Topographies of Literature & Culture in Eighteenth-Century London
The Grub Street Project is a digital edition of eighteenth-century London. By mapping its print culture, literature, and trades, it aims to create both a historically accurate visualization of the city's commerce and communications, and a record of how its authors and artists portrayed it.
Grub Street (now Milton Street) was both a real place and an abstract idea. For authors such as Alexander Pope and Jonathan Swift, it represented base commercialization, hack writing, and the prostitution of literary ideals. Its historical record, however obscure, presents a more complex scene, and one that is difficult to trace. Where, exactly, was "over against the lower Pump in Grub-street" (where one might find the printer John Clowes) or "in Grub-street neer the upper pump" (Bernard Alsop) or "near the Upper-Pump in Grubstreet" (Elizabeth Alsop)? What is left to us are the traces of this topography in maps (Strype, Rocque), in texts (The Dunciad Variorum), and in images (Bridewell, 1720).
Both location and metaphor, this now-vanished street represents what is largely invisible to us now, the print culture of eighteenth-century London (both high and low), and the construction of eighteenth-century London as a network of textual representations. The Grub Street Project examines new possibilities that digital mapping provides to better understand the city as topography and as social text, and print culture as a distributed social network.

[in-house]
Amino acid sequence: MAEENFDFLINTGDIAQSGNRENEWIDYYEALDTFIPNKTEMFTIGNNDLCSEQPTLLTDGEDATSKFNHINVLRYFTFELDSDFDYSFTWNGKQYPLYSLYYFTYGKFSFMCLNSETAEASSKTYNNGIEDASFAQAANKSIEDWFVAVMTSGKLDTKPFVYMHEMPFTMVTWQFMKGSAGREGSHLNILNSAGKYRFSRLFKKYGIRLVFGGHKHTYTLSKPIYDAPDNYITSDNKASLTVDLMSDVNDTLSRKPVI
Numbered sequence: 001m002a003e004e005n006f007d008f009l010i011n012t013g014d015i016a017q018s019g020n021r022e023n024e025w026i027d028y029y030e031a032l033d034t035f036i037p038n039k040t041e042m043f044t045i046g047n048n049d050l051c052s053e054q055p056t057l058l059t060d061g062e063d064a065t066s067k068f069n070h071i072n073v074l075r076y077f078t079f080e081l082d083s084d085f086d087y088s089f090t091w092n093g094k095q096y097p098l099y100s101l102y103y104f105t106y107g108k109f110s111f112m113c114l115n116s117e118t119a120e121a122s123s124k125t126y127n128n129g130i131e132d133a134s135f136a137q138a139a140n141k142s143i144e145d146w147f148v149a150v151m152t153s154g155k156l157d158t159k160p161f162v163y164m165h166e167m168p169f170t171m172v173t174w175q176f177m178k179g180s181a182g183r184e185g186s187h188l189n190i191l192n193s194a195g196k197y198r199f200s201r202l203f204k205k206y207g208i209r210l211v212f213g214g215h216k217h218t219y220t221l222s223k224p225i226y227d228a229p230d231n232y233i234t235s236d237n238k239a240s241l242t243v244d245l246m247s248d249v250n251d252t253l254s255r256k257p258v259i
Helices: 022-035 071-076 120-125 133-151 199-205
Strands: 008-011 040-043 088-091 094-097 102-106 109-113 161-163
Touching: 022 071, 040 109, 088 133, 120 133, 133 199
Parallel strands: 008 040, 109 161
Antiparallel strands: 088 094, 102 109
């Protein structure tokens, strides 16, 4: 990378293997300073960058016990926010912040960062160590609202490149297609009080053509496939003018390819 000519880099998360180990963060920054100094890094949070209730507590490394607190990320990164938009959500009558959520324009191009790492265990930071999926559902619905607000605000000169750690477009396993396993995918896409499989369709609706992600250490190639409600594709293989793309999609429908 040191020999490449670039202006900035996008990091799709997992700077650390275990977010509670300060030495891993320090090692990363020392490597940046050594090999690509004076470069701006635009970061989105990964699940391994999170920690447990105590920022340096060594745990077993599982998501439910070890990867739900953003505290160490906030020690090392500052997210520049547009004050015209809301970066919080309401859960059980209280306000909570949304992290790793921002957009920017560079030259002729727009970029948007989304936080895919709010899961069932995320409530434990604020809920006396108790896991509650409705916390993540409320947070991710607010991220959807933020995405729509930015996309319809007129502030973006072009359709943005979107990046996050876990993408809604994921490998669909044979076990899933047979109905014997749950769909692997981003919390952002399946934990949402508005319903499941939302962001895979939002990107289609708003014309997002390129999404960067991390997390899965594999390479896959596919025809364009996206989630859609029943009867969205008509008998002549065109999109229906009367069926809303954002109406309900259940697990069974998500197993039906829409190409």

Maps and Views of London
Maps and views of London through the long eighteenth century, mostly 1660–1830, are works in progress, with links from the database of Places and from Editions and Texts of works that were published and sold in London during the long eighteenth century. The map with the most content is currently Strype's 1720 Plan of the City of London, Westminster, and Southwark. Click on "Layers" to find streets and buildings on the map (they're not all there yet!
Texts and Editions
A few examples of digital editions and texts of books sold/published in London 1660-1830 are available:
- Five love-letters from a nun to a cavalier. Done out of French into English (1678), edited by David Oakleaf
- A Trip to Jamaica With a True Character of the People and Island (1698), edited by David Oakleaf
Four editions are in progress (please note that they are not fully copyedited, nor are they annotated as of yet):
- The Dunciad Variorum (1729), edited by Allison Muri and Catherine Nygren
- The London Spy (1703), edited by Ben Neudorf and Allison Muri
- The Rape of the Lock, edited by Allison Muri (1714)
- The Works of Mr. Alexander Pope (1717), edited by Allison Muri (the Preface only is transcribed)
The Grub Street Project is licensed under a Creative Commons Attribution-ShareAlike 4.0 International License. Designed and directed by Allison Muri, the Grub Street Project is a multi-authored edition of London that includes images and texts in the public domain (to which this license does not apply), and adaptations of public domain works such as annotated editions, mappings of texts or events, or other new content (to which it does apply).
The Grub Street Project has received funding from Canada Foundation for Innovation, Social Sciences and Humanities Research Council of Canada, the University of Saskatchewan, and the Saskatchewan Innovation and Science Fund.